The Reading Room
Homer’s Iliad and the Causes of the Trojan War, Part. I
Many first-time readers of Homer’s Iliad are aghast at the fact that the “most famous” parts of the story do not even happen in the narrative of the Iliad. Achilleus never has his epic duel with Memnon, son of the Dawn. Achilleus is not struck down by Paris, the least worthy of the Trojans. The Trojan Horse is never devised nor seen. The sacking of Troy is left for a later and now lost epic. Also the first nine years of the war and even its initial causes were left as subjects to other, later, and minor epics. So, what is the background to Homer’s Iliad?
Pseudo-Hyginus in his Fabulae, Lucian, and Apollodorus in his Library tell of a certain story concerning the apple of Eris. In this tale, the mortal hero Peleus and Thetis, his immortal sea-goddess fiancée, were to have a grand wedding, and all the gods and goddesses would be invited. Eris, the goddess of discord and chaos, however, was notably excluded. Since she was divine and easily offended by nature, Eris concocted a plan to throw one of the golden apples of the Hesperides into the wedding of Peleus and Thetis. This was no ordinary golden apple, though. This golden apple was inscribed with the Greek superlative adjective, Kallisti, on it, which means, "to the fairest." All the goddesses contended for this beautiful apple, but in the end, three were chosen as finalists: Aphrodite, Athene, and Hera.
The three goddesses chose the king of the gods as the judge of the contest, but Zeus recused himself on the grounds that he was married to Hera and father to Aphrodite and Athene. A shepherd boy named Paris or Alexander was chosen in his place. It just so happened that this shepherd was the exiled son of the Trojan emperor, Priam. Paris had been exiled to the pastures of Ida due to a prophecy that he would one day bring ruin to Troy. The fragments of the epic cycle poem Cypria, however, suggest that Zeus chose Paris knowing that Paris’ choice would lead to war, because he wished to cull the population of man and the heroes of the generation of Achilleus. In any case, the young shepherd son of Priam, Paris, was chosen to choose the fairest goddess and to bear the cost of his and Zeus’ decision.
At first, Paris attempted to split the apple into three equal parts for the goddesses. The goddesses did not accept this democratic solution, and each attempted, knowing the nature of the others, to bribe the young man. Athene offered Paris victory in battle--a fine gift from the war-goddess always accompanied by Nike, goddess of victory. Hera offered the young man the power to rule. It was Aphrodite's offer of "the most beautiful woman in the world," however, which tantalized Paris most. He, not being as sharp as he was passionate, wrongly assumed that he would be receiving Aphrodite as bride. Aphrodite however reminded him of the wording of the offer. She had offered the most beautiful woman to Paris. Now Aphrodite was a goddess, and no mere mortal woman, so the married mortal woman, Helen of Sparta, the wife of Menelaos, would have to do.* From there, it is all mythological-history: Paris visits Sparta and Menelaos' court; Menelaos leaves to attend the funeral of Catreus, his maternal grandfather in Crete, and Paris absconds with Helen.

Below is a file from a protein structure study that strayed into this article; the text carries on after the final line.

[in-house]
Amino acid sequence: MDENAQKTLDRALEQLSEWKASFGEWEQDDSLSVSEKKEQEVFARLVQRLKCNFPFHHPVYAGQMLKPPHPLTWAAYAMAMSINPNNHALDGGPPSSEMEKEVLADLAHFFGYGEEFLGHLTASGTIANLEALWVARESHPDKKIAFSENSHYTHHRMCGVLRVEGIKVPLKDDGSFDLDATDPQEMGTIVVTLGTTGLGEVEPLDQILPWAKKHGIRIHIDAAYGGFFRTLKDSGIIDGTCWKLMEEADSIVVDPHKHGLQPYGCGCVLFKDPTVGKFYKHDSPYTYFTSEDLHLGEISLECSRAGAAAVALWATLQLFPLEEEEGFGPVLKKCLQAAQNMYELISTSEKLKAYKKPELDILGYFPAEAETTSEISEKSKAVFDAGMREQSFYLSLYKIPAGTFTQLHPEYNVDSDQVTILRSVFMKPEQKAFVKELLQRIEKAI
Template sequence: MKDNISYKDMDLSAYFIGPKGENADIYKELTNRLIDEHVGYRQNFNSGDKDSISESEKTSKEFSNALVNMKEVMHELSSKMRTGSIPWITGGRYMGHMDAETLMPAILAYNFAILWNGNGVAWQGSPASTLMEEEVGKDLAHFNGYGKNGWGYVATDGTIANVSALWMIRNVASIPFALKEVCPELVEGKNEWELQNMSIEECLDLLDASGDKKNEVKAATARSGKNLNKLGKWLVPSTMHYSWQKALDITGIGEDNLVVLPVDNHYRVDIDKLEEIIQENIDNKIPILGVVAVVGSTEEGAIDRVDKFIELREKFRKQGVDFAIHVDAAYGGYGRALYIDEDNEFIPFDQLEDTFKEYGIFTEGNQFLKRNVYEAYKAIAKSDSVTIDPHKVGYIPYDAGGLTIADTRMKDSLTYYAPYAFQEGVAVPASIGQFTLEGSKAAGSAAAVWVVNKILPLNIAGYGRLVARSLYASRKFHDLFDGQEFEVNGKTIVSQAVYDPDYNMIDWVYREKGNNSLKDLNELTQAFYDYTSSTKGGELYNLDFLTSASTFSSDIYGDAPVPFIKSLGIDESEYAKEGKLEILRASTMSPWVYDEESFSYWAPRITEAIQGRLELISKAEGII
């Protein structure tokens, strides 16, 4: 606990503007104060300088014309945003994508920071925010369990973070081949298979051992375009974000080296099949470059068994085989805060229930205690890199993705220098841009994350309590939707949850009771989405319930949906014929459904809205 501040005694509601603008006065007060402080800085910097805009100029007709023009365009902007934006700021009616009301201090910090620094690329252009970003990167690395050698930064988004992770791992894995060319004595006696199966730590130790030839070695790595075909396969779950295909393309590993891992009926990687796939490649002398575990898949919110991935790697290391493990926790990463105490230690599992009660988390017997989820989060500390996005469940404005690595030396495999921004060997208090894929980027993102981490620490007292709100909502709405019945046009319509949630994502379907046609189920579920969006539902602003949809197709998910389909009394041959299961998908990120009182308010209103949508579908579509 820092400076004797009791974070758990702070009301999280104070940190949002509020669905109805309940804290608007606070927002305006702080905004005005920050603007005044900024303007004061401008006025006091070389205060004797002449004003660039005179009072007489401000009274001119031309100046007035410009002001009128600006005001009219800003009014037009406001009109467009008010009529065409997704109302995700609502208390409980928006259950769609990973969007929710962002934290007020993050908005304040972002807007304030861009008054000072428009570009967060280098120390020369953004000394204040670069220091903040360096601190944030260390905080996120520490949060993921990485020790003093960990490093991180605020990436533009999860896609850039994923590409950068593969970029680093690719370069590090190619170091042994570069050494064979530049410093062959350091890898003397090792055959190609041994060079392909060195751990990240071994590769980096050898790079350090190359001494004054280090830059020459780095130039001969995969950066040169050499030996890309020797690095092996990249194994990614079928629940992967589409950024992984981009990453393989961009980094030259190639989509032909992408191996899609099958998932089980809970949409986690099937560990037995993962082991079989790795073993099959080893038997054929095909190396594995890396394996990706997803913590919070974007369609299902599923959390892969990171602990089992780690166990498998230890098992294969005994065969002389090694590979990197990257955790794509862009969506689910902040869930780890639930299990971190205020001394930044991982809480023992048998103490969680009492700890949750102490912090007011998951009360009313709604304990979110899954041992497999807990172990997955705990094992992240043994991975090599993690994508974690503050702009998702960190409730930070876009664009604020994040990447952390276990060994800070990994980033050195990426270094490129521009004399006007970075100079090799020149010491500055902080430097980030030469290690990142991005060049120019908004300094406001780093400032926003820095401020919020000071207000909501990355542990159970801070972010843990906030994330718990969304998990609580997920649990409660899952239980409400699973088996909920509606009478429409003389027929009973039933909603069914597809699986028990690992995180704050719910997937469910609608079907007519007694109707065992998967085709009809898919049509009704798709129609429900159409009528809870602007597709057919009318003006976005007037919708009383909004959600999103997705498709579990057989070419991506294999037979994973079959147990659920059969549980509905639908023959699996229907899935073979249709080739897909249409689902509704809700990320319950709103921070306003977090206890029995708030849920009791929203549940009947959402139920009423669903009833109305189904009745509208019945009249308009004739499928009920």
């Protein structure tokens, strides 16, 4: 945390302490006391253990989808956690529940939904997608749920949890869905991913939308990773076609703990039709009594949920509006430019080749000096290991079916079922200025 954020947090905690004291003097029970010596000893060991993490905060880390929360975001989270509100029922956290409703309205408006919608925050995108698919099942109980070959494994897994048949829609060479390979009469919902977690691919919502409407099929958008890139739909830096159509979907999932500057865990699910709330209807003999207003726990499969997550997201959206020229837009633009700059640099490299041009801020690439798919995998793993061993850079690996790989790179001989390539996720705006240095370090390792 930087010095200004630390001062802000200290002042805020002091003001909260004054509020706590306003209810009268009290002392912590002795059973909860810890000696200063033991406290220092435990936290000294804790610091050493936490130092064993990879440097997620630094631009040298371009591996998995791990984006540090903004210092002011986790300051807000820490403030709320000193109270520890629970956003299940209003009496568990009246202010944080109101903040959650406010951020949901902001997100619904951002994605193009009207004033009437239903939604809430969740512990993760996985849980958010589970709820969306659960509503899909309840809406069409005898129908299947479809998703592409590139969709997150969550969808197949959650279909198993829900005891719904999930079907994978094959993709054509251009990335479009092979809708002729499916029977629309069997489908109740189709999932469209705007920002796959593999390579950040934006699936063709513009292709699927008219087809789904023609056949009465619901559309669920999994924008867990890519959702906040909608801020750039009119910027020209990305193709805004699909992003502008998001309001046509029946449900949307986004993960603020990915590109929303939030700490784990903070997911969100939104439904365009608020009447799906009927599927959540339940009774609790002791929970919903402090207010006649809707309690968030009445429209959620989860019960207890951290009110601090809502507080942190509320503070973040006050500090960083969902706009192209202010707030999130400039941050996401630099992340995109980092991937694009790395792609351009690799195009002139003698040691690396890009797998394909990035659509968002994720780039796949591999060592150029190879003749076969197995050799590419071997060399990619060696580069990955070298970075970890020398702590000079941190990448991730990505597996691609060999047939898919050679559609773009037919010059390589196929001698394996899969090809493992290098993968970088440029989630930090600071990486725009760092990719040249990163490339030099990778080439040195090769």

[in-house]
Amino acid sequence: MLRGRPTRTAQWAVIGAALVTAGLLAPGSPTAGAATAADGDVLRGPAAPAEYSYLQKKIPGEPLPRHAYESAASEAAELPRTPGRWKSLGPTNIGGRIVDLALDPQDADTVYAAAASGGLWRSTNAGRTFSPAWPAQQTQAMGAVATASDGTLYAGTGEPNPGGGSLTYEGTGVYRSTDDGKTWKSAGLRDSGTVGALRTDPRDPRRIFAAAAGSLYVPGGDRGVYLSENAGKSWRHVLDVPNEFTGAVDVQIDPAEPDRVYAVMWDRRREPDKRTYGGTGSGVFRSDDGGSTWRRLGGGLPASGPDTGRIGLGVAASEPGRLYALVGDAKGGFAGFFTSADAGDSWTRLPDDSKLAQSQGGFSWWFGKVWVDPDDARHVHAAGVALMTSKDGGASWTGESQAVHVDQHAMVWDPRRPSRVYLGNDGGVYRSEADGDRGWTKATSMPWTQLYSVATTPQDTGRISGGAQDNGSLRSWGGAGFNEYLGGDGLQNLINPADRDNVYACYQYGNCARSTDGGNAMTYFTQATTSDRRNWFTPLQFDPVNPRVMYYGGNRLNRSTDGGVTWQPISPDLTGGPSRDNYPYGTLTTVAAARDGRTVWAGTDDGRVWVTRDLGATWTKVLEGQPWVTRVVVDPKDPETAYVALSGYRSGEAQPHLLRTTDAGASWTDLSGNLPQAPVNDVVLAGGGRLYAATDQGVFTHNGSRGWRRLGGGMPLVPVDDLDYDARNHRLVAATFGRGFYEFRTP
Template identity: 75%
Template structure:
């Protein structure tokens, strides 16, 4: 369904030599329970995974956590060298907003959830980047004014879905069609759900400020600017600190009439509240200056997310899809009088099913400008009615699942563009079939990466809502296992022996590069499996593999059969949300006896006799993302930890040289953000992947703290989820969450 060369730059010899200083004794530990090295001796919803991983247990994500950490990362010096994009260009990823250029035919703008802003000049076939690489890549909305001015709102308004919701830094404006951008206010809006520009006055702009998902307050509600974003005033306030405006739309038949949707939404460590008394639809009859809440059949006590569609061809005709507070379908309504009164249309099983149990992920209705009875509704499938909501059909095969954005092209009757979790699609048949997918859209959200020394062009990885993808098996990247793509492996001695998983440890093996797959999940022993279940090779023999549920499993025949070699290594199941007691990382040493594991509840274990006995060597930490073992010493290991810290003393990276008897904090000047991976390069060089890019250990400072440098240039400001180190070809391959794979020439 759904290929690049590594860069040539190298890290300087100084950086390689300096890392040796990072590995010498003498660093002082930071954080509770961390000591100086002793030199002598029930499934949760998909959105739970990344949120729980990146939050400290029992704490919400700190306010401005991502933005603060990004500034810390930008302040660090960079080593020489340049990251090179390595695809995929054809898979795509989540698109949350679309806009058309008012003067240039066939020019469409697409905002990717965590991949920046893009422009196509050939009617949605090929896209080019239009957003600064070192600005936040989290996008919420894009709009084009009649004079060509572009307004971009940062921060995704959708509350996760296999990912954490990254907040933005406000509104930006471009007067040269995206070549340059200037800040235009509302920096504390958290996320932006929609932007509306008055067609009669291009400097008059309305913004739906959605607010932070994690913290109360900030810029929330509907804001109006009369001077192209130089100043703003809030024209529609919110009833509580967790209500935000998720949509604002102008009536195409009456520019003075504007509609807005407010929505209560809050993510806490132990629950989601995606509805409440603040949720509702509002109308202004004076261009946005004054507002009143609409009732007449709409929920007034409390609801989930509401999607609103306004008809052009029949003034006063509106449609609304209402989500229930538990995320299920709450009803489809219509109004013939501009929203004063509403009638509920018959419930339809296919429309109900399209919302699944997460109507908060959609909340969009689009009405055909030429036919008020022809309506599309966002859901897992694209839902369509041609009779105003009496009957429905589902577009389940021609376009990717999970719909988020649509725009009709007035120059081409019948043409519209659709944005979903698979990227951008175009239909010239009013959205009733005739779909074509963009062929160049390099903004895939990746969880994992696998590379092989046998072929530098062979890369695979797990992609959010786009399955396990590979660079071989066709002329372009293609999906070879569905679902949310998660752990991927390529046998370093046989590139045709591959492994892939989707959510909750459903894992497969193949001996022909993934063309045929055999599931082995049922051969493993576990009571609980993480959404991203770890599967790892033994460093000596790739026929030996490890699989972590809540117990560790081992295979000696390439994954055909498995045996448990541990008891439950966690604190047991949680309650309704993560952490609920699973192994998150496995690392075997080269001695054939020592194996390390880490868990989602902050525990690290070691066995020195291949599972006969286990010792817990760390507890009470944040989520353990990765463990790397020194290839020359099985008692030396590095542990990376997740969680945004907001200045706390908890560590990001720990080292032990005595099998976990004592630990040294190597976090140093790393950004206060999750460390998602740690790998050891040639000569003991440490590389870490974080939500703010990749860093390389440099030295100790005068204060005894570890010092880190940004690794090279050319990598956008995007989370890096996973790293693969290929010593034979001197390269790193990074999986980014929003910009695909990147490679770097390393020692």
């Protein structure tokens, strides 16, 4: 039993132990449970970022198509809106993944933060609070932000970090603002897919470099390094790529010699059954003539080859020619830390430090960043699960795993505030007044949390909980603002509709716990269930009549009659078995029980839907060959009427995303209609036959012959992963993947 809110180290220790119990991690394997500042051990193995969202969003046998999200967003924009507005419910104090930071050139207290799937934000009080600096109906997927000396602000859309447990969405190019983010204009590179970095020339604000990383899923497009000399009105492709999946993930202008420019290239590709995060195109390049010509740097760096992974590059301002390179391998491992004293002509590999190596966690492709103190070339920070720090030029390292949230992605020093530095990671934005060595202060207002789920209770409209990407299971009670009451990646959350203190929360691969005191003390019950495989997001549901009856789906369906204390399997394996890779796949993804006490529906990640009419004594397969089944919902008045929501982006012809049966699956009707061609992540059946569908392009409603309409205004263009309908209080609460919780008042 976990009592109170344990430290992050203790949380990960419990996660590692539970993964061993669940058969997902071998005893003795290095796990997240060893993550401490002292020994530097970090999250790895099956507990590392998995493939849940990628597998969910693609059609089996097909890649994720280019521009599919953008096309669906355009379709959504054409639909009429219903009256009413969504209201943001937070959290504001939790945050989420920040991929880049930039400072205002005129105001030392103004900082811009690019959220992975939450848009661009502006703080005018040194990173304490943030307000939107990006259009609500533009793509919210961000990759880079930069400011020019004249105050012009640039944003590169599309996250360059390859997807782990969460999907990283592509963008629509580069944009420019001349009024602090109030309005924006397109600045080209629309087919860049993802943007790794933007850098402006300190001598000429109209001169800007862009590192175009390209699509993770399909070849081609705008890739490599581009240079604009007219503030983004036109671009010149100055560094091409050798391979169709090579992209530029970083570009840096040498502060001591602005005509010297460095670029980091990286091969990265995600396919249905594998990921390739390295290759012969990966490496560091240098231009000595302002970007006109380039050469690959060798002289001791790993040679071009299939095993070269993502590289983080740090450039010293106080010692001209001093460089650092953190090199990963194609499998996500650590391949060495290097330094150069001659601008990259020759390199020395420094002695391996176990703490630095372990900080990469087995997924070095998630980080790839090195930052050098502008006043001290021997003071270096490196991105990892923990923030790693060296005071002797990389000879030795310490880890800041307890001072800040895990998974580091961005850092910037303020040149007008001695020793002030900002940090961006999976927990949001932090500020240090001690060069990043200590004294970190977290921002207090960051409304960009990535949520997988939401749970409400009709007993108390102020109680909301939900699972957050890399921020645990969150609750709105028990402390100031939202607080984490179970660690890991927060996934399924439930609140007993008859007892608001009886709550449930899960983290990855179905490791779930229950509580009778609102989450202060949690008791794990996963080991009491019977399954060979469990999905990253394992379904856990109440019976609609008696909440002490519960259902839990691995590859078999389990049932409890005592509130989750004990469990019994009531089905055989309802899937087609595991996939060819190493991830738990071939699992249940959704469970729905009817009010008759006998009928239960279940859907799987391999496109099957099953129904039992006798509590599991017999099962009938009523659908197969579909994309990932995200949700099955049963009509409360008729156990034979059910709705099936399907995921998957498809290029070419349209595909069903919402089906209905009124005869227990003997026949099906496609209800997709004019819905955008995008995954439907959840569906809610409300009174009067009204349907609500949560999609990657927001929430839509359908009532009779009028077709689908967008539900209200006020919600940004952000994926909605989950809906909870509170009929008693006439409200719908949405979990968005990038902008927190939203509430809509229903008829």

In the second part of “Causes of the Trojan War,” we will consider the sordid sacrifice of Iphigenia, daughter of Agamemnon, and how that establishes the enmity between Agamemnon and the prophet Kalchas, seen on full display in Book I of Homer’s Iliad. We will also discuss the suitors of Helen, Tyndareus, and how the odd stipulations of being a suitor of Helen led to the summoning of the largest fleet ever to cross the Aegean Sea.
*Herodotus suggests in his Histories that Paris perhaps wished to steal Helen to make up for some injury done to Troy by the Achaians in a past generation.